This course traces the origins of modern social theory beginning with the aftermath of the democratic revolutions in America and France and the capitalist Industrial Revolution in Britain. Analysis of the classical theoretical paradigms of functionalism and conflict theory draws specifically on the works of Marx, Weber, Durkheim, and Simmel. Contemporary theories include exchange and rational choice theory, symbolic interactionism, ethnomethodology, phenomenology, feminist theory, critical theory, and post-modernism. Prerequisite: SOC 240. Alternate years.
RESEARCH METHODS II
Building on the research skills acquired during a first course in research methodology, students complete an original quantitative or qualitative research project utilizing one of the many data collection strategies available to sociologists and anthropologists such as field work, content analysis, surveys, qualitative interviews, experimental design, secondary data analysis, or program evaluation. Topic selection is of individual student’s choice. Prerequisite: SOC 330 or CJ CR 447 and either ANTH 344, SOC 300 or 344.
PRACTICUM IN SOCIOLOGY-ANTHROPOLOGY
This course provides students with the opportunity to apply a socio-cultural perspective to any of a number of organizational settings in the Williamsport area. As the basis for the course, students arrange an internship in the local community. At the same time the student is contributing time and talent to the organization in question, he/she will also be observing, from a socio-cultural perspective, the events, activities, structure, and dynamics of the organization. These experiences will be supplemented by academic readings, a regularly scheduled seminar, and the keeping of a detailed field journal. Prerequisite: Consent of instructor.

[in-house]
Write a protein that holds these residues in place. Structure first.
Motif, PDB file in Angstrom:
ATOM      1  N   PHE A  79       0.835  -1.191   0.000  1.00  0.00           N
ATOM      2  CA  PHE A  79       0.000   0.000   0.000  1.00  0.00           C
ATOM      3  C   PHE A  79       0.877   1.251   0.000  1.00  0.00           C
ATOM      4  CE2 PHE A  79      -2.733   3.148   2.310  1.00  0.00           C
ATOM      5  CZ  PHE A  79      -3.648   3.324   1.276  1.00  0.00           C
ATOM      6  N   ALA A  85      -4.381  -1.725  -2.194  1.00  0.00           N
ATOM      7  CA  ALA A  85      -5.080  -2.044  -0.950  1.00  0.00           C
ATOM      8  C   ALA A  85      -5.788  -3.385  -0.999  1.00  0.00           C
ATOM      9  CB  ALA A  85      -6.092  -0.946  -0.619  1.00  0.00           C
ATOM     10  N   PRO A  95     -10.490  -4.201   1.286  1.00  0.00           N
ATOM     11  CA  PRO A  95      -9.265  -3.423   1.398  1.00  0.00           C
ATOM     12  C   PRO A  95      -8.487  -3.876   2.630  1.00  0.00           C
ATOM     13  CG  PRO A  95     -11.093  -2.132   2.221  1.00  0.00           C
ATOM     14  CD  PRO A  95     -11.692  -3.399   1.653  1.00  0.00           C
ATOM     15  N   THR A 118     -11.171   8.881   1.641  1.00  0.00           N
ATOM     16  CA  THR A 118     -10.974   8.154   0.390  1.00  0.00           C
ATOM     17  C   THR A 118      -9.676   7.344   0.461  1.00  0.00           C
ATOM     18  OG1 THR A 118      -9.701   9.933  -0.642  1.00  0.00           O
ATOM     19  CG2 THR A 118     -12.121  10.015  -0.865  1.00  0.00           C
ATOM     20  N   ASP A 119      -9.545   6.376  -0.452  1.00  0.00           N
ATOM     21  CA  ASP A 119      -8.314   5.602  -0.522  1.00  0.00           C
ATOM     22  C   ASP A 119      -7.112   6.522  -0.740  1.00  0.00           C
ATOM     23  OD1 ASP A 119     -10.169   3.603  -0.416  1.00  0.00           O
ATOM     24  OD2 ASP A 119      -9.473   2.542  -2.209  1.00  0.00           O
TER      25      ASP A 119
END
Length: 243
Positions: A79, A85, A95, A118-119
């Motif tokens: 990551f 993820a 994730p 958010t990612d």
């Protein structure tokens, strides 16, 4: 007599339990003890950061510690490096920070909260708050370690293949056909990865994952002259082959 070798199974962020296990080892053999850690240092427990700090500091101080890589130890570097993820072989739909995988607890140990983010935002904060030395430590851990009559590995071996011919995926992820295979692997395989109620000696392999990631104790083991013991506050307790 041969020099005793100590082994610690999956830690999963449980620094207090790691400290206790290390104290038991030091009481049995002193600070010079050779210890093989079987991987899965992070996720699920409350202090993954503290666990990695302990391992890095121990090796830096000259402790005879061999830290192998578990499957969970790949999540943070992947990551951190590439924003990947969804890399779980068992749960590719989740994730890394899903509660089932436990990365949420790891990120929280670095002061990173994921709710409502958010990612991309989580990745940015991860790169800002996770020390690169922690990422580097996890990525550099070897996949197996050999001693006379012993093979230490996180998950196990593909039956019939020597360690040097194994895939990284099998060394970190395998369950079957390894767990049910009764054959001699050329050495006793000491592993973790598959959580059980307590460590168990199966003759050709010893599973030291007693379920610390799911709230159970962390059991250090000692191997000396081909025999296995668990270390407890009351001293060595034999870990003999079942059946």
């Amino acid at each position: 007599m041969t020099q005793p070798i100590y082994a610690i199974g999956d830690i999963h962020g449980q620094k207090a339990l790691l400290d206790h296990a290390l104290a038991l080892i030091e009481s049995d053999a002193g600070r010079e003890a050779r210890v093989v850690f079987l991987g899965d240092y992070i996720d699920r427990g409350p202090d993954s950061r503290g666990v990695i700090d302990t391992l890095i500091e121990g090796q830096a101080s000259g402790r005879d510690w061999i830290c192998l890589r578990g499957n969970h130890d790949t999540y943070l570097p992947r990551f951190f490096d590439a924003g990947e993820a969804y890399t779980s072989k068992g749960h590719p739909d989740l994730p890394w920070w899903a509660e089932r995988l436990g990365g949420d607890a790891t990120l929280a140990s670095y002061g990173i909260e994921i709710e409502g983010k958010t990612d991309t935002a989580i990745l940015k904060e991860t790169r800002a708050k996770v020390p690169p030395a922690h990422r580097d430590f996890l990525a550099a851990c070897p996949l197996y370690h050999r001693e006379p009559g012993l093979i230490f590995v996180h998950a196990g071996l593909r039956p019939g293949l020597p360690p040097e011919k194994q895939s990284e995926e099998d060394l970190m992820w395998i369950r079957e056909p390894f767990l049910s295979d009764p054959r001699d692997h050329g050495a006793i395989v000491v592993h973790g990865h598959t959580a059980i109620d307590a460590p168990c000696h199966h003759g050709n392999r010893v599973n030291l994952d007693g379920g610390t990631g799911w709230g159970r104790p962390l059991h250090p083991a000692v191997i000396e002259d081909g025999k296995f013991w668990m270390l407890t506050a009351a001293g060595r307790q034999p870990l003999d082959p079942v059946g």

INTERNSHIP (See index)
Interns in sociology typically work off campus with social service agencies under the supervision of administrators.
INDEPENDENT STUDY (See index)
An opportunity to pursue specific interests and topics not usually covered in regular courses. Through a program of readings and tutorials, the student has the opportunity to pursue these interests and topics in greater depth than is usually possible in a regular course.
INDEPENDENT STUDY FOR DEPARTMENTAL HONORS (See index)